Conditions We Treat

The Ankle

Approximately 14% of all sports injuries are ankle sprains. This risk is obviously increased if involved in high impact sports like jumping or running.

The dominant leg is also 2.4 times more likely to get injured and has a 73.5% chance of reoccurrence. This is because the fibula can support up to 1/5 of your body weight as it moves during the stance phase of running to deepen the ankle mortice and enhance the stability of the ankle. The most common injury to the ankle is the ATFL as most people tend to 'go over' on their ankle.

Management of ankle sprains:

  • RICE
  • Seek assistance for treatment and strapping if required.
  • Specific exercises will then be given to strengthen the joint and will focus on proprioception.

Plantar Fasciitis

This is the thickest fascia in the body. Inflammation is common with repetition sports or overuse. It can also be caused due to poor biomechanics of the foot or inadequate footwear? Planter fascia is also made worse if the achilles tendon is tight and is also felt worse after high heels or when you first get out of bed.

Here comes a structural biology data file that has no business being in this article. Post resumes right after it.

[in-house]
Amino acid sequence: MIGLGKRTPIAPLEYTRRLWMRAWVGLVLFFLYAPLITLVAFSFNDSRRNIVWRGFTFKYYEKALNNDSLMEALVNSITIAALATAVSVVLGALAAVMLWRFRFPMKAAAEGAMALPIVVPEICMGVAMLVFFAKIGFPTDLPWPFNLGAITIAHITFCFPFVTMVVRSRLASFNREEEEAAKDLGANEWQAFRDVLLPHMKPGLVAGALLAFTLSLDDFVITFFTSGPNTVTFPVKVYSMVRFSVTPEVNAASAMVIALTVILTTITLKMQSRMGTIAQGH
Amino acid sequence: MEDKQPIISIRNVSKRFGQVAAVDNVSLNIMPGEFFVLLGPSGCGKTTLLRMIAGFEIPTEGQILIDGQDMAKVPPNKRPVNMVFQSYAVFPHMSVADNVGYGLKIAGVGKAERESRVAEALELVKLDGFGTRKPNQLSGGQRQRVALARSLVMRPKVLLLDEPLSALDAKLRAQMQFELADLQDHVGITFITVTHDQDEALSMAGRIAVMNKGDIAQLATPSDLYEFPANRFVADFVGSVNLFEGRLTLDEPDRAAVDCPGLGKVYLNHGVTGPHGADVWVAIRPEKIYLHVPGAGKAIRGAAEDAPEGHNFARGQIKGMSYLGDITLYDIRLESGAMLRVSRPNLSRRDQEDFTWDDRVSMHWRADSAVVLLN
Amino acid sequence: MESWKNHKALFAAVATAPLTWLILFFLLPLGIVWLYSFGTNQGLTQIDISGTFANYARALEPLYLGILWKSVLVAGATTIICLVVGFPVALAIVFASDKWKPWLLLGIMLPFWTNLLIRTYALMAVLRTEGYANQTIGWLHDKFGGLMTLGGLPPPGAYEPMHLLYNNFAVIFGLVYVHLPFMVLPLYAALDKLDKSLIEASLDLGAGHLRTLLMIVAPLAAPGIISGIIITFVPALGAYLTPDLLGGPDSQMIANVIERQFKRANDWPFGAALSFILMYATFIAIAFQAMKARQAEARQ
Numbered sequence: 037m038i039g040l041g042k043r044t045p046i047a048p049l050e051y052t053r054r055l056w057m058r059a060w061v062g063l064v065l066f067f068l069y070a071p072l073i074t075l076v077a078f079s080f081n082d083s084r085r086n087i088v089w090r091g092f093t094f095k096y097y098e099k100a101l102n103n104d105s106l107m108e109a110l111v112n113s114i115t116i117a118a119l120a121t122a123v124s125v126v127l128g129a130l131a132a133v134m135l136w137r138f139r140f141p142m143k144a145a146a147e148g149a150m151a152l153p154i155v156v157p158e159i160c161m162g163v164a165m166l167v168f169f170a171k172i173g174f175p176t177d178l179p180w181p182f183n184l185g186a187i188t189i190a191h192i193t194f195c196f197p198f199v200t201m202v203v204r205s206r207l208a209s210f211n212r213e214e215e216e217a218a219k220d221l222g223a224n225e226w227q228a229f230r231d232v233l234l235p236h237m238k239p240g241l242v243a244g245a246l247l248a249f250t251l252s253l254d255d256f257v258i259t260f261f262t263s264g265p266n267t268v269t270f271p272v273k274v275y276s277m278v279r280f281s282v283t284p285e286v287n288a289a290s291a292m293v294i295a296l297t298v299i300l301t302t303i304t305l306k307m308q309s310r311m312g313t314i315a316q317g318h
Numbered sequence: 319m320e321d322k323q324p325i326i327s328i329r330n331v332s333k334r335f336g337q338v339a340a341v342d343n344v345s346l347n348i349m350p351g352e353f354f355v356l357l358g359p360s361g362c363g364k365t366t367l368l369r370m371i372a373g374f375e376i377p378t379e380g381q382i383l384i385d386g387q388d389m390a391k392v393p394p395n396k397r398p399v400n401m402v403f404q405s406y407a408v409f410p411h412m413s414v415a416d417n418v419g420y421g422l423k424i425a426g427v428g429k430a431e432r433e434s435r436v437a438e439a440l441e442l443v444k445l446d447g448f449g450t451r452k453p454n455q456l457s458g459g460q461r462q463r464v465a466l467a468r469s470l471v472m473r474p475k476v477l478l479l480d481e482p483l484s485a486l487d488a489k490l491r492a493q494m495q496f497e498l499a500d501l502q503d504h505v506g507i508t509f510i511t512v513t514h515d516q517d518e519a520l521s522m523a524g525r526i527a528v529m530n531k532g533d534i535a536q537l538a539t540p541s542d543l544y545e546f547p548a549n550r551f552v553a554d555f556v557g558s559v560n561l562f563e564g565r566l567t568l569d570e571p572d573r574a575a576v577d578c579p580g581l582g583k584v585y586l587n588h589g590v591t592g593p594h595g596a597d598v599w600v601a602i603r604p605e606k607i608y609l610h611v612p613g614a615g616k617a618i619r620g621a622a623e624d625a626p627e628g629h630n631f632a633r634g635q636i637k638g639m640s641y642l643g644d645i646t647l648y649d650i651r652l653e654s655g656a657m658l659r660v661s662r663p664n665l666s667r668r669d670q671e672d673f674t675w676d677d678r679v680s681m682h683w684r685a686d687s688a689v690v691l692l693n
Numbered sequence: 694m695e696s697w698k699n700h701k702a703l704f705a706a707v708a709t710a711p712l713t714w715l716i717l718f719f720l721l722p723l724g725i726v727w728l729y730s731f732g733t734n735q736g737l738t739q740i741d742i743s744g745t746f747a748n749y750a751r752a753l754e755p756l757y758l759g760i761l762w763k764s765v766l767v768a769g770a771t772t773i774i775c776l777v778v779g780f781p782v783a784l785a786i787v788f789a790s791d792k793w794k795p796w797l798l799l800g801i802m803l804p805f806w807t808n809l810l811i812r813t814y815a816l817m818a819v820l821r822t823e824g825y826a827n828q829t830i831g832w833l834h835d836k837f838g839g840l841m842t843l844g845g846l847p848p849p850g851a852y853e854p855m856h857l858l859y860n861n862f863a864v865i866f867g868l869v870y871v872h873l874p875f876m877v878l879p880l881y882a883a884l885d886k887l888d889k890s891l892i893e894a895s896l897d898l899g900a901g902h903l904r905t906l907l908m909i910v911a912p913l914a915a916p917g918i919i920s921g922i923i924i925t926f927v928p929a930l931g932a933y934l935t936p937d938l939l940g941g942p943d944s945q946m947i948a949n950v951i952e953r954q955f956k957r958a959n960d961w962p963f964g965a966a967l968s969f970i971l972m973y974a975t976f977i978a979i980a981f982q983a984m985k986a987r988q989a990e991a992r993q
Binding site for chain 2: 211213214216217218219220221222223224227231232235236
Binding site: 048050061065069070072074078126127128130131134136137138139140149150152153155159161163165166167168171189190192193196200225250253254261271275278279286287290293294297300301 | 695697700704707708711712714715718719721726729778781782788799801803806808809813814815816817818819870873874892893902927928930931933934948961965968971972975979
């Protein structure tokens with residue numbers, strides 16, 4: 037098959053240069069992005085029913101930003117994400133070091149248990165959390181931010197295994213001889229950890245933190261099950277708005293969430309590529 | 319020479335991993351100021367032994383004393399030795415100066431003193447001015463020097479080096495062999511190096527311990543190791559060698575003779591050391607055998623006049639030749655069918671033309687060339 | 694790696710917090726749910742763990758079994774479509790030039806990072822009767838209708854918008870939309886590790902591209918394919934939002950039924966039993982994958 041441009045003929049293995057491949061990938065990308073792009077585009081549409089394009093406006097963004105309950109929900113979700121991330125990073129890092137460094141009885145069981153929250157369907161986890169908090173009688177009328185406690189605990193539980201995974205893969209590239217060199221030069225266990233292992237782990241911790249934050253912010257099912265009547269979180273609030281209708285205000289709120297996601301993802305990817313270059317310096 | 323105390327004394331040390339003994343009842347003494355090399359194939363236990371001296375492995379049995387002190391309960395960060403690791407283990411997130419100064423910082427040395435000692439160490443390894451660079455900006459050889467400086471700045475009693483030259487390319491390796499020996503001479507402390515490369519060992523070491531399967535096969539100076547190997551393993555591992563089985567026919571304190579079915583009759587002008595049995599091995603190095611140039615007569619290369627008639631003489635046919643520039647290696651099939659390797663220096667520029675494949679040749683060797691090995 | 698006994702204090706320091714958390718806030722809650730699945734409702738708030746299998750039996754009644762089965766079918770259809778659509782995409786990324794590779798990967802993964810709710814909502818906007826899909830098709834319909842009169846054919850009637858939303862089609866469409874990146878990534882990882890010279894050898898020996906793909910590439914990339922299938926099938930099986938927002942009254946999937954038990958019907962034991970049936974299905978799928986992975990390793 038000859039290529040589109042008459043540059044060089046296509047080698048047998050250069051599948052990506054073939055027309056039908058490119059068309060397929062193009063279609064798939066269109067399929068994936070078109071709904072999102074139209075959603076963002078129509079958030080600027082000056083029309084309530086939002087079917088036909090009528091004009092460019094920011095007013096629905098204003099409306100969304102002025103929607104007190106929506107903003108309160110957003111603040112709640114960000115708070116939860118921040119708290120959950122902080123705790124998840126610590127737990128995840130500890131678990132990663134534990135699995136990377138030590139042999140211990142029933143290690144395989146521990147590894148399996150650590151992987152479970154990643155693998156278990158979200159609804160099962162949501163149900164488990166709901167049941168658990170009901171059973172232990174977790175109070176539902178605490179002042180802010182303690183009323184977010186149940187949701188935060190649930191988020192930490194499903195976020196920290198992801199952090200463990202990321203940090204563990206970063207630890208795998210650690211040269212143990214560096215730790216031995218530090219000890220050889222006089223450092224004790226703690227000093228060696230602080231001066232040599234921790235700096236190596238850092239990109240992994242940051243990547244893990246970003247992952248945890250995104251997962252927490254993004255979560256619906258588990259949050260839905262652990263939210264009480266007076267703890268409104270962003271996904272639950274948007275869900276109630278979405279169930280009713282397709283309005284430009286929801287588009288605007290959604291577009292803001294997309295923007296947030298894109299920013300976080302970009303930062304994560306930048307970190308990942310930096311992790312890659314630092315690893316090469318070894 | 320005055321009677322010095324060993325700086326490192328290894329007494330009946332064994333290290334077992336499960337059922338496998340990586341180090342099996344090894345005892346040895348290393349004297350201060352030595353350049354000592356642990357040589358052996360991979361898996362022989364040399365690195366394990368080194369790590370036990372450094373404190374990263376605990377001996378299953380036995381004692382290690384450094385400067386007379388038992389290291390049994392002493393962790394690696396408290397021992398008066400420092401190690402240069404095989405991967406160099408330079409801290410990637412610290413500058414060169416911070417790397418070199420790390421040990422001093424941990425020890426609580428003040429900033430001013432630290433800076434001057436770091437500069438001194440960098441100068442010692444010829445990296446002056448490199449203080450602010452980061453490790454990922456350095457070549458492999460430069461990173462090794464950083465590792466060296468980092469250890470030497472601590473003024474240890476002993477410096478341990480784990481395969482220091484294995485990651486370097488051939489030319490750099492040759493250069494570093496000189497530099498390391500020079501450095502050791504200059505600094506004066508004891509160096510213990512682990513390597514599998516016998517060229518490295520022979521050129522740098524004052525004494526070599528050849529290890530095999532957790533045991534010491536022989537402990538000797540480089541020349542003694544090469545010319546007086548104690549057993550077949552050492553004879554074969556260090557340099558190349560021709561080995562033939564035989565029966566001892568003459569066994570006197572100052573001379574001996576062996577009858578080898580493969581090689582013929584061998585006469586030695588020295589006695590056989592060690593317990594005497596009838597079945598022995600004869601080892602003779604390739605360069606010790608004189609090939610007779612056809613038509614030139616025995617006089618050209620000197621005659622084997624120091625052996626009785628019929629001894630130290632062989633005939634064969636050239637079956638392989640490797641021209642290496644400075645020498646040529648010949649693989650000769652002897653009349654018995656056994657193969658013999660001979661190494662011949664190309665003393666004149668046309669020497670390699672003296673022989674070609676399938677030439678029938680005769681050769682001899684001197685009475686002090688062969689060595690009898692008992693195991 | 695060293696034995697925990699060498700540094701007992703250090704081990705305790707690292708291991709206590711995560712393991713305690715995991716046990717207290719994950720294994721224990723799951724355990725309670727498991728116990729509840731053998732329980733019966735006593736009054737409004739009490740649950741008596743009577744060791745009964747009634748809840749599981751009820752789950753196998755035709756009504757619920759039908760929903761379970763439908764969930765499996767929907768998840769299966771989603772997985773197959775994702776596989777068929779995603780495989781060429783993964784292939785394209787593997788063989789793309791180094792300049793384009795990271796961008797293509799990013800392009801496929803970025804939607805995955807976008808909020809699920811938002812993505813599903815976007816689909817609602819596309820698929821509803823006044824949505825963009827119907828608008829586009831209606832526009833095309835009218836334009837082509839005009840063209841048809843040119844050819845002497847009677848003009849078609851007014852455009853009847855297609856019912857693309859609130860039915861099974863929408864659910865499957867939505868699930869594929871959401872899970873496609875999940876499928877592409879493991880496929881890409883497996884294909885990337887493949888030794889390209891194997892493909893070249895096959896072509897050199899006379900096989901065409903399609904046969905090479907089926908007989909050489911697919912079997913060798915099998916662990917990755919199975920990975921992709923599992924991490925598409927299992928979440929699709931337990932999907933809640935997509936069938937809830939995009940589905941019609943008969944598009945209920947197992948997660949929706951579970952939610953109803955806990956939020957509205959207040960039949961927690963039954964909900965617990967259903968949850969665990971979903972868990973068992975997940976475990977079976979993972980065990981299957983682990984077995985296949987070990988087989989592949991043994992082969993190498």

What to do:

  • Calf Stretches
  • Taping of the footwear can sometimes give rapid relief
  • Exercises to strengthen foot biomechanics

Achilles tendonitis

The achilles tendon is the largest tendon in the body. It is about 15cm long and 2 cm thick. It is able to withstand forces up to 17 times bodyweight. Achilles tendon pain is very common in runners. Tendonitis is shown with a gradual progression and swelling can be present.

RICE with treatment is the best protocol to get back to sports quickly and to prevent rupture of achilles. An exercise programme can be given to reduce risk of re-injury. Surgery is only required when a rupture has occurred. The rehabilitation of a rupture can take a good 4-6 months.

Hips